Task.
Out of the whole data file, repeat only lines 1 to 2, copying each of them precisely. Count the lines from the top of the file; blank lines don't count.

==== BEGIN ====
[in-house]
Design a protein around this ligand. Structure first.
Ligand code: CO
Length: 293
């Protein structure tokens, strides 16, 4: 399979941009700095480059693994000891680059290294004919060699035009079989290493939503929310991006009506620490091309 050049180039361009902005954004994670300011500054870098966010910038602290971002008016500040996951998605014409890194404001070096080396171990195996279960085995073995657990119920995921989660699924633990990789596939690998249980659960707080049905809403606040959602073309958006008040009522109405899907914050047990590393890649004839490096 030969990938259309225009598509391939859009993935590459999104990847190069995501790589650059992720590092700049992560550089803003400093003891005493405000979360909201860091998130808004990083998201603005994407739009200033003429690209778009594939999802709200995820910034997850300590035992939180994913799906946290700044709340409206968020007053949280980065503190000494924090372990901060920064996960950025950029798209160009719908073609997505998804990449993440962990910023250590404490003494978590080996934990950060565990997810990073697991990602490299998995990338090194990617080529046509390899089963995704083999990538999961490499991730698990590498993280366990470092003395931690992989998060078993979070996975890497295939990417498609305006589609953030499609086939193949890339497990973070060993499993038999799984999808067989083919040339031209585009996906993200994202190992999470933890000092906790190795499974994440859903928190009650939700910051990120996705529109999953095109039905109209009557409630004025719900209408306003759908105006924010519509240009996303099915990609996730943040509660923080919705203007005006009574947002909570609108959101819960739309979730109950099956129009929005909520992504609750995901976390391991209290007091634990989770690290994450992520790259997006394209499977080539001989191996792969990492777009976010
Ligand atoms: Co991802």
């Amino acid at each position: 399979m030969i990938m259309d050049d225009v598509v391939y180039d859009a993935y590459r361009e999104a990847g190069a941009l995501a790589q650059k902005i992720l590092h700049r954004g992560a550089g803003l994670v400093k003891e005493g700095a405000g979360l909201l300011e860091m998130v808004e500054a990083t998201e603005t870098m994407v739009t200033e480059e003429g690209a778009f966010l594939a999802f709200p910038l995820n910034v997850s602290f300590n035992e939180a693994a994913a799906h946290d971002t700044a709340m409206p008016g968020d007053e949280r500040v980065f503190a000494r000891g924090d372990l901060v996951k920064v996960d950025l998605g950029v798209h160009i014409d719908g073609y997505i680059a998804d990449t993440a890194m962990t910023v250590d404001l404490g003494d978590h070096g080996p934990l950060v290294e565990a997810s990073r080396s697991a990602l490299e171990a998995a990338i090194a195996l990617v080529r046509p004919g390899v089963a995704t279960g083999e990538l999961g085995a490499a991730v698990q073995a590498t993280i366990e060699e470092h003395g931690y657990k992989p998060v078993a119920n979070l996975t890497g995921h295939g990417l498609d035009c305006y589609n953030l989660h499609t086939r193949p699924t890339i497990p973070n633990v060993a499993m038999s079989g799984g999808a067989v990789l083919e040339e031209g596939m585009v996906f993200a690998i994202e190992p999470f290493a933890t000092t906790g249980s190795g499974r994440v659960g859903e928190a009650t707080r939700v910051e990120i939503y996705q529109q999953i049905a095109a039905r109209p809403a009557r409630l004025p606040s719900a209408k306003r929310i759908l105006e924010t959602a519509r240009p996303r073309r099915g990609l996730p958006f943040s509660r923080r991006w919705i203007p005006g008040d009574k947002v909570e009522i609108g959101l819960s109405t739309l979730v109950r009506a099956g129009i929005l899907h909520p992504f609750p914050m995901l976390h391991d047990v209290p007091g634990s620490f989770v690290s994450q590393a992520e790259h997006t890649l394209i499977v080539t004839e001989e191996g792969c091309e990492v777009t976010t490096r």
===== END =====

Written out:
[in-house]
Design a protein around this ligand. Structure first.